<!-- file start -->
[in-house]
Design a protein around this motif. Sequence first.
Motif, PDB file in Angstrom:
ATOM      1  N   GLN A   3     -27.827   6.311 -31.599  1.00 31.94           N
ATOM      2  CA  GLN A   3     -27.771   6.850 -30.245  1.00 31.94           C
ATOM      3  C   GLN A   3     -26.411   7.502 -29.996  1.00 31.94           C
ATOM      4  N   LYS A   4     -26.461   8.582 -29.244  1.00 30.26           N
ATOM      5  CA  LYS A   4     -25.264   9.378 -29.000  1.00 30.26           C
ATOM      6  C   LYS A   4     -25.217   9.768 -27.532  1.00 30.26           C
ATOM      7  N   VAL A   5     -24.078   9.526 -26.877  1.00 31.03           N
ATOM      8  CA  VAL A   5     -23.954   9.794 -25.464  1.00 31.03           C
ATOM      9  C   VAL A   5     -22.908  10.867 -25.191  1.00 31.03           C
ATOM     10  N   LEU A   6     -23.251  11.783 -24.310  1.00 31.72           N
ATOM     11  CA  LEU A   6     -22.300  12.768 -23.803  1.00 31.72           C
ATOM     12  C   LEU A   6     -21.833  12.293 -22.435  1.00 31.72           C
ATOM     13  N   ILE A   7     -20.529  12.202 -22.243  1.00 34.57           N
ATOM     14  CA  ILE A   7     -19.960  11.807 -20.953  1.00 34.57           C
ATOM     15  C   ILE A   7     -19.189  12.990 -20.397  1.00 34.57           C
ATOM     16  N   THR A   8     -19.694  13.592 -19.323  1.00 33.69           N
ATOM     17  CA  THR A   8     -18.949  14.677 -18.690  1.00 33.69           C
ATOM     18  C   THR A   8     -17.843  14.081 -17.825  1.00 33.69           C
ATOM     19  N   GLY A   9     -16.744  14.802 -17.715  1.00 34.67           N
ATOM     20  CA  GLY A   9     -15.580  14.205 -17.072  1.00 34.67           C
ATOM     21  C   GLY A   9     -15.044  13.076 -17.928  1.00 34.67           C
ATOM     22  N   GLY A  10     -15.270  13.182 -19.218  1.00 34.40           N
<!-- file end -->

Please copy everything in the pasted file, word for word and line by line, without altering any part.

[in-house]
Design a protein around this motif. Sequence first.
Motif, PDB file in Angstrom:
ATOM      1  N   GLN A   3     -27.827   6.311 -31.599  1.00 31.94           N
ATOM      2  CA  GLN A   3     -27.771   6.850 -30.245  1.00 31.94           C
ATOM      3  C   GLN A   3     -26.411   7.502 -29.996  1.00 31.94           C
ATOM      4  N   LYS A   4     -26.461   8.582 -29.244  1.00 30.26           N
ATOM      5  CA  LYS A   4     -25.264   9.378 -29.000  1.00 30.26           C
ATOM      6  C   LYS A   4     -25.217   9.768 -27.532  1.00 30.26           C
ATOM      7  N   VAL A   5     -24.078   9.526 -26.877  1.00 31.03           N
ATOM      8  CA  VAL A   5     -23.954   9.794 -25.464  1.00 31.03           C
ATOM      9  C   VAL A   5     -22.908  10.867 -25.191  1.00 31.03           C
ATOM     10  N   LEU A   6     -23.251  11.783 -24.310  1.00 31.72           N
ATOM     11  CA  LEU A   6     -22.300  12.768 -23.803  1.00 31.72           C
ATOM     12  C   LEU A   6     -21.833  12.293 -22.435  1.00 31.72           C
ATOM     13  N   ILE A   7     -20.529  12.202 -22.243  1.00 34.57           N
ATOM     14  CA  ILE A   7     -19.960  11.807 -20.953  1.00 34.57           C
ATOM     15  C   ILE A   7     -19.189  12.990 -20.397  1.00 34.57           C
ATOM     16  N   THR A   8     -19.694  13.592 -19.323  1.00 33.69           N
ATOM     17  CA  THR A   8     -18.949  14.677 -18.690  1.00 33.69           C
ATOM     18  C   THR A   8     -17.843  14.081 -17.825  1.00 33.69           C
ATOM     19  N   GLY A   9     -16.744  14.802 -17.715  1.00 34.67           N
ATOM     20  CA  GLY A   9     -15.580  14.205 -17.072  1.00 34.67           C
ATOM     21  C   GLY A   9     -15.044  13.076 -17.928  1.00 34.67           C
ATOM     22  N   GLY A  10     -15.270  13.182 -19.218  1.00 34.40           N